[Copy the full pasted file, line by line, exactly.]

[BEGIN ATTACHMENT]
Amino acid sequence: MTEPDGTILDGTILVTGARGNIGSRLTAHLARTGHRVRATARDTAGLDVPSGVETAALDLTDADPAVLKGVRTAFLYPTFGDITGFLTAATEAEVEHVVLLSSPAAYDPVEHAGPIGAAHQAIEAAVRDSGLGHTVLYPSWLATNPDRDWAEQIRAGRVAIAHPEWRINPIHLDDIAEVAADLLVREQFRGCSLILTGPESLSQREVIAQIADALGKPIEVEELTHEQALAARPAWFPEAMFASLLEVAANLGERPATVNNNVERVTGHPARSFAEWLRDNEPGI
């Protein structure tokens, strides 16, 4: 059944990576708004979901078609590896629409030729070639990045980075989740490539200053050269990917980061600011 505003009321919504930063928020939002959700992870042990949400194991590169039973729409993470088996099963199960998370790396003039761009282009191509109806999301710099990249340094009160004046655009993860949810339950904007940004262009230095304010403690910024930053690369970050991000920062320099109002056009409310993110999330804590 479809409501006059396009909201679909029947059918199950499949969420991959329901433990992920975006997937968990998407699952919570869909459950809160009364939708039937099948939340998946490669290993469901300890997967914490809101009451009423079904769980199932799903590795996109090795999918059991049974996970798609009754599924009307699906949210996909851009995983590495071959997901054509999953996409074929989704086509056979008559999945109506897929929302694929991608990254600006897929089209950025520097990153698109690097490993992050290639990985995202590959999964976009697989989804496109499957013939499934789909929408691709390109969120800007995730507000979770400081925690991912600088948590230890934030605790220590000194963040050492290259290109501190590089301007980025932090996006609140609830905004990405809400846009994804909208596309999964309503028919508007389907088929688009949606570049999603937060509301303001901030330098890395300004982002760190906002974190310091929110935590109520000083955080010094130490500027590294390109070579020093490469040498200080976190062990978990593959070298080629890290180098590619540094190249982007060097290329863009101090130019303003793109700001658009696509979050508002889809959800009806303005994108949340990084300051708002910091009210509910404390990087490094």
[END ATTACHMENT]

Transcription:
Amino acid sequence: MTEPDGTILDGTILVTGARGNIGSRLTAHLARTGHRVRATARDTAGLDVPSGVETAALDLTDADPAVLKGVRTAFLYPTFGDITGFLTAATEAEVEHVVLLSSPAAYDPVEHAGPIGAAHQAIEAAVRDSGLGHTVLYPSWLATNPDRDWAEQIRAGRVAIAHPEWRINPIHLDDIAEVAADLLVREQFRGCSLILTGPESLSQREVIAQIADALGKPIEVEELTHEQALAARPAWFPEAMFASLLEVAANLGERPATVNNNVERVTGHPARSFAEWLRDNEPGI
């Protein structure tokens, strides 16, 4: 059944990576708004979901078609590896629409030729070639990045980075989740490539200053050269990917980061600011 505003009321919504930063928020939002959700992870042990949400194991590169039973729409993470088996099963199960998370790396003039761009282009191509109806999301710099990249340094009160004046655009993860949810339950904007940004262009230095304010403690910024930053690369970050991000920062320099109002056009409310993110999330804590 479809409501006059396009909201679909029947059918199950499949969420991959329901433990992920975006997937968990998407699952919570869909459950809160009364939708039937099948939340998946490669290993469901300890997967914490809101009451009423079904769980199932799903590795996109090795999918059991049974996970798609009754599924009307699906949210996909851009995983590495071959997901054509999953996409074929989704086509056979008559999945109506897929929302694929991608990254600006897929089209950025520097990153698109690097490993992050290639990985995202590959999964976009697989989804496109499957013939499934789909929408691709390109969120800007995730507000979770400081925690991912600088948590230890934030605790220590000194963040050492290259290109501190590089301007980025932090996006609140609830905004990405809400846009994804909208596309999964309503028919508007389907088929688009949606570049999603937060509301303001901030330098890395300004982002760190906002974190310091929110935590109520000083955080010094130490500027590294390109070579020093490469040498200080976190062990978990593959070298080629890290180098590619540094190249982007060097290329863009101090130019303003793109700001658009696509979050508002889809959800009806303005994108949340990084300051708002910091009210509910404390990087490094």